The transformative power of the arts industry extends beyond creative expression. It becomes a holistic preparation for life's challenges, with rehearsal rooms and stages serving as arenas not only for artistic exploration but also for the cultivation of resilience and adaptability. Each artistic endeavour mirrors life's journey, where dedication, perseverance, and the acceptance of imperfections contribute to the creation of something profoundly beautiful. Beyond individual growth, the performing arts offer a unique space for communal creation. The synergy of diverse talents converges to create shared experiences that transcend the boundaries of the stage. Collaborative art-making forges profound connections, fostering a sense of belonging and solidarity among contributors to the collective tapestry of artistic expression.

More than a platform for applause, the performing arts become a crucible for personal and professional development. Confidence blossoms as artists articulate their visions, and collaborative endeavours hone teamwork and leadership skills, creating harmonious artistic symphonies that transcend the stage.

The Performing Arts Industry serves as a dynamic stage for boundless creative expression. Within this expansive realm, artists find the freedom to push the boundaries of imagination, presenting the world in unique and unexplored perspectives. Creativity acts as a conduit, transporting audiences to enchanting realms while offering a profound exploration of the human experience. Choosing a career in the performing arts is a decision fuelled by diverse motivations. Whether driven by an inherent passion for collaboration or a quest for a profession rich in variety and excitement, this industry provides a canvas for individuals to paint their aspirations and dreams in vibrant hues.

WHY CHOOSE A CAREER IN THE ARTS INDUSTRY

The performing arts industry naturally attracts a diverse array of individuals, bringing together people from various backgrounds, cultures, and life experiences. This diversity spans dimensions such as ethnicity, gender, age, socioeconomic status, and educational backgrounds. The industry's commitment to embracing diversity goes beyond mere representation, emphasizing the creation of an inclusive and equitable environment. This inclusive approach aims to empower individuals from all walks of life, allowing them to contribute their distinctive talents and perspectives. The focus on diversity not only acknowledges but actively values the richness it brings to artistic expressions. By incorporating a multitude of voices and experiences, the performing arts industry becomes a dynamic and culturally responsive space. The collaboration of individuals with diverse viewpoints enriches the creative process, resulting in performances that resonate with a wide range of audiences. In essence, the industry's dedication to embracing diversity is more than a symbolic gesture; it fosters a comprehensive and welcoming environment that recognizes and celebrates the unique contributions of each individual, thereby promoting creativity and innovation within the performing arts.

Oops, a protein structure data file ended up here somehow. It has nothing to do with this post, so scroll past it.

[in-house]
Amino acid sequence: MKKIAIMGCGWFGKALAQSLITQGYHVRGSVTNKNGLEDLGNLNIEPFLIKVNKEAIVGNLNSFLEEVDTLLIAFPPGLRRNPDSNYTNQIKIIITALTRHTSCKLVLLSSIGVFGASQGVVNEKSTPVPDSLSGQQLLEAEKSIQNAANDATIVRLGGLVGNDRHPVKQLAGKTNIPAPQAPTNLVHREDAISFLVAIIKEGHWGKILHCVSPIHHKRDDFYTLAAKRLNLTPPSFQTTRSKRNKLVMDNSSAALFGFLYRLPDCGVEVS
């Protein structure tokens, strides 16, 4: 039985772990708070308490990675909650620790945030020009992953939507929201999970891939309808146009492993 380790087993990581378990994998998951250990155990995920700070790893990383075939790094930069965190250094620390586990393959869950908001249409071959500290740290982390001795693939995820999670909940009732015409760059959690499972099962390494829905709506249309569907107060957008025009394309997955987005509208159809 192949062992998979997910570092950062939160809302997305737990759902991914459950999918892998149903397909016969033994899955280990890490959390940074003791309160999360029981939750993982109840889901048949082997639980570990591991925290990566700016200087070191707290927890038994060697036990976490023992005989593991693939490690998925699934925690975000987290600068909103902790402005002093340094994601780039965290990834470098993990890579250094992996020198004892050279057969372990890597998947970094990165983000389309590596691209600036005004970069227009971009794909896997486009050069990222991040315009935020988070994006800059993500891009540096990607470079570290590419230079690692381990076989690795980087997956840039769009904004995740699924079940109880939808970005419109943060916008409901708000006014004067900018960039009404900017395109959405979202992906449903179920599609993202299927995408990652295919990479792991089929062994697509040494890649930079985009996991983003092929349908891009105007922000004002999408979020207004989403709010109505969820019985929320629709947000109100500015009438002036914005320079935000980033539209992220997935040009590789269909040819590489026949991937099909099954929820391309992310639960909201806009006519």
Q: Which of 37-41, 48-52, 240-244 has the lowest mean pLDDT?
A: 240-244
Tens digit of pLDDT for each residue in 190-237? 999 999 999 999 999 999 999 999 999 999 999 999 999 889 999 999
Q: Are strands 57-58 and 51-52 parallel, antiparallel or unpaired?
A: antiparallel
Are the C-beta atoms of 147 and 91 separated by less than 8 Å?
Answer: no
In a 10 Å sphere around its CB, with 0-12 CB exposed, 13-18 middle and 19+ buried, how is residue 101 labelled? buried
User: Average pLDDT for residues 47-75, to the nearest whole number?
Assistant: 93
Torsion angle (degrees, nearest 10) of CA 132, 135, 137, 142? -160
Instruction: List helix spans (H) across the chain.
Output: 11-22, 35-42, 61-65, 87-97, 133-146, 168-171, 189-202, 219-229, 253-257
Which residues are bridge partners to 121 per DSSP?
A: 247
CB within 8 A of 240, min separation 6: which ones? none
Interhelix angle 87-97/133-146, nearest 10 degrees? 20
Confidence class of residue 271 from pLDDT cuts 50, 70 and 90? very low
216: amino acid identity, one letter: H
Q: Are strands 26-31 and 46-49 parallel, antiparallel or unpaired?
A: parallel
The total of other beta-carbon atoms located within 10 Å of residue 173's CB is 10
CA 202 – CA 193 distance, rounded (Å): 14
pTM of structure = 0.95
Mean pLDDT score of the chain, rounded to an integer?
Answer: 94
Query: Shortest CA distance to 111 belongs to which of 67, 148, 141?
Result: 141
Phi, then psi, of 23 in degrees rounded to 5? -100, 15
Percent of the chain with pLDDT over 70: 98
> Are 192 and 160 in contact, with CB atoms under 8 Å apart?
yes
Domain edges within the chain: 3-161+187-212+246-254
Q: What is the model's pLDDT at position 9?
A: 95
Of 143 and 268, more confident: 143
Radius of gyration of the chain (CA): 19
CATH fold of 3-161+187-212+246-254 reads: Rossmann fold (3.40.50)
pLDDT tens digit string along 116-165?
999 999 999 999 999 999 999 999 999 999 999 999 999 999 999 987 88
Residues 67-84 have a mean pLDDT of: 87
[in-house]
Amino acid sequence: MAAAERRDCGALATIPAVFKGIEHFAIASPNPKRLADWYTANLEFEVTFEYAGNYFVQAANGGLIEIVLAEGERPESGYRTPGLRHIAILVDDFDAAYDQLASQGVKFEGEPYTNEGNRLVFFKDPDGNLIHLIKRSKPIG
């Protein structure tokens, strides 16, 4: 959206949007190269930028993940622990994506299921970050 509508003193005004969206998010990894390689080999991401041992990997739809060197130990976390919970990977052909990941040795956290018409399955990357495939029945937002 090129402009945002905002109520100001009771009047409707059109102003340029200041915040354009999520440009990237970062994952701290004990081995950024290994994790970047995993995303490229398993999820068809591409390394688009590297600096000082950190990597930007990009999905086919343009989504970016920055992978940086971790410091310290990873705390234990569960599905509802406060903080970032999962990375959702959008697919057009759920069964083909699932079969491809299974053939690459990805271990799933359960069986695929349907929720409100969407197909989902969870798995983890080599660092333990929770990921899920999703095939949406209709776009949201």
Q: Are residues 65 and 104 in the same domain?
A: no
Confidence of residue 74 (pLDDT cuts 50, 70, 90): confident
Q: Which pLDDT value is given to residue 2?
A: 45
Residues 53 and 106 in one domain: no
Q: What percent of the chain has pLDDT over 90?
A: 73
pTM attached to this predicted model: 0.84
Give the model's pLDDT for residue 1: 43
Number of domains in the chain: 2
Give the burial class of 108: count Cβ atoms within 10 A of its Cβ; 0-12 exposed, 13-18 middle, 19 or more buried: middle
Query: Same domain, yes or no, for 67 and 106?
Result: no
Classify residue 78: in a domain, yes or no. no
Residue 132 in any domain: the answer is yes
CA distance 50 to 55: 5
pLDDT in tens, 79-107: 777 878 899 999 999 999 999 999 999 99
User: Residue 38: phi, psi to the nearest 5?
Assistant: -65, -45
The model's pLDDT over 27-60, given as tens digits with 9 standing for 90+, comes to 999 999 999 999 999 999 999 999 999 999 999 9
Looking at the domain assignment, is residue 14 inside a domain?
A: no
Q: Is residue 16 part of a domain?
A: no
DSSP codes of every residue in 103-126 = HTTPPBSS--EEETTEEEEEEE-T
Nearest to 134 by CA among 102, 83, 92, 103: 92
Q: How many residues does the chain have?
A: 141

Performers: This includes actors, dancers, musicians, singers, and other individuals who directly perform for audiences.Production Crew: These professionals work behind the scenes, handling technical aspects such as lighting, sound, set design, and stage management.Director/Choreographer: Responsible for overseeing and coordinating the artistic elements of a production, directors and choreographers play key roles in shaping performances.Arts Administration: Involves roles like arts management, producing, and administrative positions in theaters, dance companies, and other performing arts organisations.Casting Director: Coordinates the selection of actors for specific roles in productions, working closely with directors and producers.Stage Manager: Manages the logistics of a production, ensuring smooth coordination among various departments during rehearsals and performances.And many more...

Working in the performing arts industry opens up a range of job sectors, encompassing various roles both on and off the stage. There are many different jobs within the industry of performing arts, that are all part of different sectors such as the creative department, production department, customer service and administrative team. These careers include examples such as: